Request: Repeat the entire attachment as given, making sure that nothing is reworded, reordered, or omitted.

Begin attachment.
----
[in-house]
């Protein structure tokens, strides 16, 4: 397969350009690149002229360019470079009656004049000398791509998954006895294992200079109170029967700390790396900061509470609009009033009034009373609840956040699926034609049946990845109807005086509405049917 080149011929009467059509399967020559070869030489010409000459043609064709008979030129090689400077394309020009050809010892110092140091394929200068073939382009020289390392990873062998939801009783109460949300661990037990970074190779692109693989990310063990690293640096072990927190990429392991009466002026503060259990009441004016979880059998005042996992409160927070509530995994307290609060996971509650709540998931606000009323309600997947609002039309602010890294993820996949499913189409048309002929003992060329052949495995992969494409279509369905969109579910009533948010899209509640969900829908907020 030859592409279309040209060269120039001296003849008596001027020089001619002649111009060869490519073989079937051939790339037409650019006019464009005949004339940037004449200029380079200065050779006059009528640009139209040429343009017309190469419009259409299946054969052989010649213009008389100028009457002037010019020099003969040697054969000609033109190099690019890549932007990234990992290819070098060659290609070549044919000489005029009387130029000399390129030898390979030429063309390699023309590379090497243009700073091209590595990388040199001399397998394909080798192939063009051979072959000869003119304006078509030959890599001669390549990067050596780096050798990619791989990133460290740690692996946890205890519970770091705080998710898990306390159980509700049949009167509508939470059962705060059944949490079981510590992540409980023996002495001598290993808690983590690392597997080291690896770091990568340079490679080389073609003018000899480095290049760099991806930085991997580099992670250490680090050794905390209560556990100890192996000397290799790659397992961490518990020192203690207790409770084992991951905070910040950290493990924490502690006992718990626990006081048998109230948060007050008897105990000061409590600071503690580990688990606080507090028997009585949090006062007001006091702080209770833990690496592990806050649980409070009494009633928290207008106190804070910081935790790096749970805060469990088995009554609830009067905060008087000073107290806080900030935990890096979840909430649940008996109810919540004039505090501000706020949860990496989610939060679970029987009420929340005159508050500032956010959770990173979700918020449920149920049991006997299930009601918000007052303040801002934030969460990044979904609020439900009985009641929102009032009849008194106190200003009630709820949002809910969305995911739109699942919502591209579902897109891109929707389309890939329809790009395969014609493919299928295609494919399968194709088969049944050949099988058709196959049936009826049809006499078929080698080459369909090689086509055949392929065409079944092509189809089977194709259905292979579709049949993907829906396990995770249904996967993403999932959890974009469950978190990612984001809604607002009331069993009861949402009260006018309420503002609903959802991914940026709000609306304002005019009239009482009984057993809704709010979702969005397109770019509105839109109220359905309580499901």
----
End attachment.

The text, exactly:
[in-house]
């Protein structure tokens, strides 16, 4: 397969350009690149002229360019470079009656004049000398791509998954006895294992200079109170029967700390790396900061509470609009009033009034009373609840956040699926034609049946990845109807005086509405049917 080149011929009467059509399967020559070869030489010409000459043609064709008979030129090689400077394309020009050809010892110092140091394929200068073939382009020289390392990873062998939801009783109460949300661990037990970074190779692109693989990310063990690293640096072990927190990429392991009466002026503060259990009441004016979880059998005042996992409160927070509530995994307290609060996971509650709540998931606000009323309600997947609002039309602010890294993820996949499913189409048309002929003992060329052949495995992969494409279509369905969109579910009533948010899209509640969900829908907020 030859592409279309040209060269120039001296003849008596001027020089001619002649111009060869490519073989079937051939790339037409650019006019464009005949004339940037004449200029380079200065050779006059009528640009139209040429343009017309190469419009259409299946054969052989010649213009008389100028009457002037010019020099003969040697054969000609033109190099690019890549932007990234990992290819070098060659290609070549044919000489005029009387130029000399390129030898390979030429063309390699023309590379090497243009700073091209590595990388040199001399397998394909080798192939063009051979072959000869003119304006078509030959890599001669390549990067050596780096050798990619791989990133460290740690692996946890205890519970770091705080998710898990306390159980509700049949009167509508939470059962705060059944949490079981510590992540409980023996002495001598290993808690983590690392597997080291690896770091990568340079490679080389073609003018000899480095290049760099991806930085991997580099992670250490680090050794905390209560556990100890192996000397290799790659397992961490518990020192203690207790409770084992991951905070910040950290493990924490502690006992718990626990006081048998109230948060007050008897105990000061409590600071503690580990688990606080507090028997009585949090006062007001006091702080209770833990690496592990806050649980409070009494009633928290207008106190804070910081935790790096749970805060469990088995009554609830009067905060008087000073107290806080900030935990890096979840909430649940008996109810919540004039505090501000706020949860990496989610939060679970029987009420929340005159508050500032956010959770990173979700918020449920149920049991006997299930009601918000007052303040801002934030969460990044979904609020439900009985009641929102009032009849008194106190200003009630709820949002809910969305995911739109699942919502591209579902897109891109929707389309890939329809790009395969014609493919299928295609494919399968194709088969049944050949099988058709196959049936009826049809006499078929080698080459369909090689086509055949392929065409079944092509189809089977194709259905292979579709049949993907829906396990995770249904996967993403999932959890974009469950978190990612984001809604607002009331069993009861949402009260006018309420503002609903959802991914940026709000609306304002005019009239009482009984057993809704709010979702969005397109770019509105839109109220359905309580499901």